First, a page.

4 Poised to Lead: How School Counselors Can Drive College and Career Readiness By Peggy LaTurno Hines and Richard W. Lemons with karen D. crews Each year, the final days of summer find millions of high school students anxiously awaiting a critical document: their new class schedule. Will their friends be in their classes? Will they place into their electives of choice? Will they avoid being assigned to the teacher who s notorious for piling on homework and giving pop quizzes? Questions like these heighten the anticipation. Unfortunately, too few students and parents focus on a more important aspect of class schedules: the quality of course selection, which has powerful implications for students options after high school. Decades ago, many students could graduate from high school, walk down the street, and land a job that offered benefits, a family-supporting salary, and reasonable job security. The courses they took or what they learned in high School counselors are responsible for each and every student in the building and, unlike others on campus, they are in a position to focus on the educational journey of each student. school didn t matter much. That s no longer the case. An increasing number of low-skill jobs are being outsourced or mechanized. The jobs that remain are more complex and require new competencies. Consequently, higher level courses once taken only by students bound for four-year colleges are now necessary even for those heading straight into the workforce, or to community and technical colleges. While the demands of life beyond high school have shifted, many schools have not changed. These institutions continue to offer students two paths: One features a robust and rigorous course of study that prepares students for the challenges and opportunities they ll face after high school. The other features courses that, despite their appealing names, lead nowhere. And the likelihood of being placed on one or the other path has much to do with the zip code, race, or economic standing of the student s family. African- American and Latino students, for example, are only about half as likely to complete a rigorous curriculum as their white peers. 1 The lack of academic rigor in high school closes the doors to good jobs, success in college, and, all too often, access to the middle class. Many students don t know this while in high school, but they realize it quickly after graduation. A College Board survey of graduates from the class of 2010, conducted one year after commencement, found 40 percent wished they had taken different courses in high school. 2 With such high stakes, it is essential that schools prepare all students for the demands of college and career. Most middle and high schools fall considerably short of that goal. With their relatively large number of students and their complicated departmental structures, secondary schools are far more effective at sorting students than assuring that all have the opportunities they need to thrive after graduation. Uniquely Positioned To Lead A close look at the typical role and function of secondary school staff reveals how so many students get stuck on the path to nowhere. Teachers are responsible for teaching subject matter to the students assigned to them. Principals and assistant principals are responsible for managing the budget, assuring a safe learning environment, making the buses run on time, and supporting the instructional and co-curricular programs. Given the design and demands of their jobs, neither teachers nor school administrators are in a position to easily spot, much less change, the alarming mismatch between the demands of the outside world and the trajectories of individual students. However, most schools have access to another staff asset that, if deployed properly, could help them do a better job of preparing students: school counselors. These educators are uniquely positioned not just to spot the problem, but to lead a college- and career-ready agenda. School counselors are responsible for each and every student in the building and, unlike others on campus, they are in a position to focus on the educational journey of each student. In most schools, counselors already manage course assignments and are responsible for ensuring students take the classes needed to graduate. They have access to reams of data assessment results, enrollment patterns, attendance rates, and more. Because they often oversee student support services within the school, counselors also have a student s-eye view of the educational program. Good school counselors have keen insight into which students (including which groups of students) are on a dead-end path, which students are en route to a solid high school education Peggy LaTurno Hines is the director of The Education Trust s National Center for Transforming School Counseling. Richard C. Lemons is vice president for K-12 Policy and Practice and Karen Crews is senior associate for Transforming School Counseling at The Education Trust. 2 The Education Trust Poised to Lead: How School Counselors Can Drive College and Career Readiness december 2011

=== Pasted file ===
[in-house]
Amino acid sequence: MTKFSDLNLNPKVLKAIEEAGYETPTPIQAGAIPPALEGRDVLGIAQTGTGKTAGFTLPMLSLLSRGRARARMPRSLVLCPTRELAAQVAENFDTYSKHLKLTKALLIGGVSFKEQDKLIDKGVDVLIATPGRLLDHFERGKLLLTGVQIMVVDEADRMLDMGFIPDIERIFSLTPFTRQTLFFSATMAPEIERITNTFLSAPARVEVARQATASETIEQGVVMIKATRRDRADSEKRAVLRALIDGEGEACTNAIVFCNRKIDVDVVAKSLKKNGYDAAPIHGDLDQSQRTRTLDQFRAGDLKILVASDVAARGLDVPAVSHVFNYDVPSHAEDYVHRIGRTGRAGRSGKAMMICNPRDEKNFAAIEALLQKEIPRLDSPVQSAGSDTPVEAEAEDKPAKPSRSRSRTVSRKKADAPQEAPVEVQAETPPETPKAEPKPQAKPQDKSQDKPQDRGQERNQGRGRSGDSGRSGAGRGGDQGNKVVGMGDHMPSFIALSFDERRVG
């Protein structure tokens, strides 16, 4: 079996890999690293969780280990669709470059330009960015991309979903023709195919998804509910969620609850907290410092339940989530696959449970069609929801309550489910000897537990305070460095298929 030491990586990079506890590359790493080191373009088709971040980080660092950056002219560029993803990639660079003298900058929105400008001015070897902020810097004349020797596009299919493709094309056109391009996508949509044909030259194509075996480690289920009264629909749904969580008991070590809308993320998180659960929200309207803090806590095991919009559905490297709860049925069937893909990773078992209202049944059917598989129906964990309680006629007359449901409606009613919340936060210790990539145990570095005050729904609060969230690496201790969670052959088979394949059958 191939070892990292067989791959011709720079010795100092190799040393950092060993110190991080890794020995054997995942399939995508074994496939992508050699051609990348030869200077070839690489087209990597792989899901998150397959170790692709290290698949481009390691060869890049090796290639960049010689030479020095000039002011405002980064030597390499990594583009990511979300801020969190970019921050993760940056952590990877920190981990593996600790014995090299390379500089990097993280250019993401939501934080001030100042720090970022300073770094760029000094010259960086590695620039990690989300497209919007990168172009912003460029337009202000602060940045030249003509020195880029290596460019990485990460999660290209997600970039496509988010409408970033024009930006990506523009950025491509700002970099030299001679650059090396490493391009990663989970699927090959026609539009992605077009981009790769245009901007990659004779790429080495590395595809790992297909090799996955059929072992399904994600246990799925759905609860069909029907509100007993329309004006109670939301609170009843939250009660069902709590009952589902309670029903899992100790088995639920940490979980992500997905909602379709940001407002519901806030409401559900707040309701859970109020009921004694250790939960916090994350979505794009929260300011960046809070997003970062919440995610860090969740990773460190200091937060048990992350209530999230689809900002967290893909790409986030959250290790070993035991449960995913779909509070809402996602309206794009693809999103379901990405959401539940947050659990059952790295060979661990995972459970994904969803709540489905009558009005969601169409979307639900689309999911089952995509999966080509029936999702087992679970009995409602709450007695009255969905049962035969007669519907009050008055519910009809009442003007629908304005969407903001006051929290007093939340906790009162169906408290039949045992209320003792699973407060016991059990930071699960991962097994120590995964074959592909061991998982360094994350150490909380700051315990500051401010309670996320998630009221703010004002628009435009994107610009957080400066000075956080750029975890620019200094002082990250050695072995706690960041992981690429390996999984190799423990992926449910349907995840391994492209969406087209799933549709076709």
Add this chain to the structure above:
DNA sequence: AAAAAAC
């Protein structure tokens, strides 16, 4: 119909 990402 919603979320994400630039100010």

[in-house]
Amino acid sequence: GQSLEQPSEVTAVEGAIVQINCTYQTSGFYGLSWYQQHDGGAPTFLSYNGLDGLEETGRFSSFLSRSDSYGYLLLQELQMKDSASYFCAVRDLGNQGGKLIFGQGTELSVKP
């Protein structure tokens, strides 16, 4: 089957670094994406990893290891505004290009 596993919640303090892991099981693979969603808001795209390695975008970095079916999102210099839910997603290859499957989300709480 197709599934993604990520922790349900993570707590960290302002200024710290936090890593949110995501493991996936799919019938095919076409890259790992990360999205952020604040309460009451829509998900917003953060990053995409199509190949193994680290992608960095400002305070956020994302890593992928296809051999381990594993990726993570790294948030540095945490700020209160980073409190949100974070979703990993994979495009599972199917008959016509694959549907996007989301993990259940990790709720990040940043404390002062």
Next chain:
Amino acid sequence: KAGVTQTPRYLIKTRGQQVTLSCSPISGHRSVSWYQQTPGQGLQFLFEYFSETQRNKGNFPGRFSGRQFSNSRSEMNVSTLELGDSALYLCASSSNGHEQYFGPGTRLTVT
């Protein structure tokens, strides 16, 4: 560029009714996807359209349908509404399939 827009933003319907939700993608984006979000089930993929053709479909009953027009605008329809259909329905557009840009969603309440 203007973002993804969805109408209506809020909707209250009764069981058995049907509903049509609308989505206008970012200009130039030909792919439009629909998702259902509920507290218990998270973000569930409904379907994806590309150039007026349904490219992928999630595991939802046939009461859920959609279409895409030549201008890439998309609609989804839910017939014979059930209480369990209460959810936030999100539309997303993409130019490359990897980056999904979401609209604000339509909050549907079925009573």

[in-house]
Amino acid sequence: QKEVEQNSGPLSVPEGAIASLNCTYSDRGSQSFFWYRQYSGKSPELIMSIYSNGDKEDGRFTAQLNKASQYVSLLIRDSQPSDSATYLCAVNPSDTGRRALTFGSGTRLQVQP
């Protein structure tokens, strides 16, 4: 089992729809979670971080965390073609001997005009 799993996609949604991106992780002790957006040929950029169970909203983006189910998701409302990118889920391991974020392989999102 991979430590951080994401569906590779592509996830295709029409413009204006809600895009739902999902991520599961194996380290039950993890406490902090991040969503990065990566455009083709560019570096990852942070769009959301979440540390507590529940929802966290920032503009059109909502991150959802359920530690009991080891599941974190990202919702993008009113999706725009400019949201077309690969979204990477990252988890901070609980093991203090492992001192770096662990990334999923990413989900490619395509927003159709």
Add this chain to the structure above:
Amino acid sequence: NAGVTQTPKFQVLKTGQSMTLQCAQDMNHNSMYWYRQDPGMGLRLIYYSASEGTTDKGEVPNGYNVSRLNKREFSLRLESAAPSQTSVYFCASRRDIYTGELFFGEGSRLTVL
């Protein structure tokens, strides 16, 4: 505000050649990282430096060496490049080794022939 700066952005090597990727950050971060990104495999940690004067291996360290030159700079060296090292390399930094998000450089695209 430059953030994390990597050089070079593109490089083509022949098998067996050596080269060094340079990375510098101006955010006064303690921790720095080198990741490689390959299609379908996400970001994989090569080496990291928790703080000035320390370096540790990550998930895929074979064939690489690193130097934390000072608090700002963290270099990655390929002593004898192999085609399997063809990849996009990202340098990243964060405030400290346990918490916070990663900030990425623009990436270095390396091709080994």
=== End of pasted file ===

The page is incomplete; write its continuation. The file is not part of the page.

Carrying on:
5 40% of graduates said they wish they would have taken different courses in high school. that will produce real choices, and which students are somewhere in between. Moreover, good school counselors can see how their institution contributes to these patterns. They know which courses or teachers are producing the most failures, what policies are holding students back, and which supports help propel students toward success. Across the United States, an increasing number of school counselors are stepping forward to help ensure that all students get access to the coursework they need to thrive after graduation. These counselors have become key members of their school s leadership team. They are the data mavens, helping teachers and administrators monitor progress and resolve problems. And they are champions of equity, finding out which groups of students are poorly served and leading efforts to do something about it. Leadership in Action Elmont Memorial Junior-Senior High School, just outside New York City, performs among that state s top schools. African Americans and Latinos comprise more than 95 percent of the school s students and school counselors are central to its success in preparing all students for college and careers. Even if the students are struggling, we know they ll be more successful in college because they will have been exposed to the material and be better prepared when they leave Elmont. Caron Cox, school counselor, Elmont Junior-Senior High School, N.Y. Elmont s school counselors oversee a complex process that promotes college-going and helps every young person stay on track, says Caron Cox, chair of the counseling department. Throughout the school year, her team scours student transcripts, state assessments, course schedules, and grades. We promote a college-going culture and help students create a road map toward graduation filled with rigorous courses: All of our students are in college- and career-readiness courses, Cox says. Even if the students are struggling, we know they ll be more successful in college because they will have been exposed to the material and be better prepared when they leave Elmont. Head south 1,200 miles and you ll find another group of school counselors leading their campus to high rates of readiness for college and career. Bryant High School is part of the Mobile County Public School System (MCPSS) in Alabama. When school counselors there identified a problem with math, they tracked it back to the school s policy of giving credit for Algebra IA and IB as well as Geometry A and B, which allowed students to complete the four-credit math graduation requirement by the end of their sophomore year. The policy created an easy out for students who saw no need to take math as juniors and seniors. The school counselors advocated changing the local graduation requirements from four credits to four years of math at the level of Algebra I or higher. The school board now intends to review the district s graduation requirements in math. This life-changing work is not limited to Bryant. Throughout Mobile County, school counselors use data to advocate for student success. In every MCPSS school, counselors develop yearly goals based upon student data and current school improvement efforts. At a recent meeting, Deputy Superintendent Martha Peek told school counselors: Mobile is the only large district in Alabama to make AYP this year and one of the big reasons is what school counselors did. There has been this tendency to put students in low-level courses and just herd them through. You know we can t do that anymore. We ve got to ramp up to the Common Core national standards. School counselors, you are the best to spread the word. Best School Counseling Practices The school counselors at Elmont and MCPSS have several practices in common. They advocate for all students in their schools to enroll and succeed in a course of study that prepares them for both college and career. They collect and analyze data to uncover equity gaps and choke points that impede access to or success in challenging content, then use the results to press their schools to respond to those problems. These school counselors see themselves as change agents who are helping the school better meet student needs. Yet, in far too many places, school counselors are not doing this essential work. In the MetLife Survey of the American Teacher, 65 percent of high school students acknowledge school counselors as one of the top three sources of information on what success in college requires. 3 Unfortunately, the vast majority of students are not getting this information until the 11th or 12th grade. This is much too late for this information to be most effective. 4 In some cases, it s because counselors are not allowed to work with students sooner. Many principals don t see counselors as central to the academic mission of schools, so they weigh them down with mundane tasks: spending huge amounts of time coordinating the many tests given in high schools and The Education Trust Poised to Lead: How School Counselors Can Drive College and Career Readiness december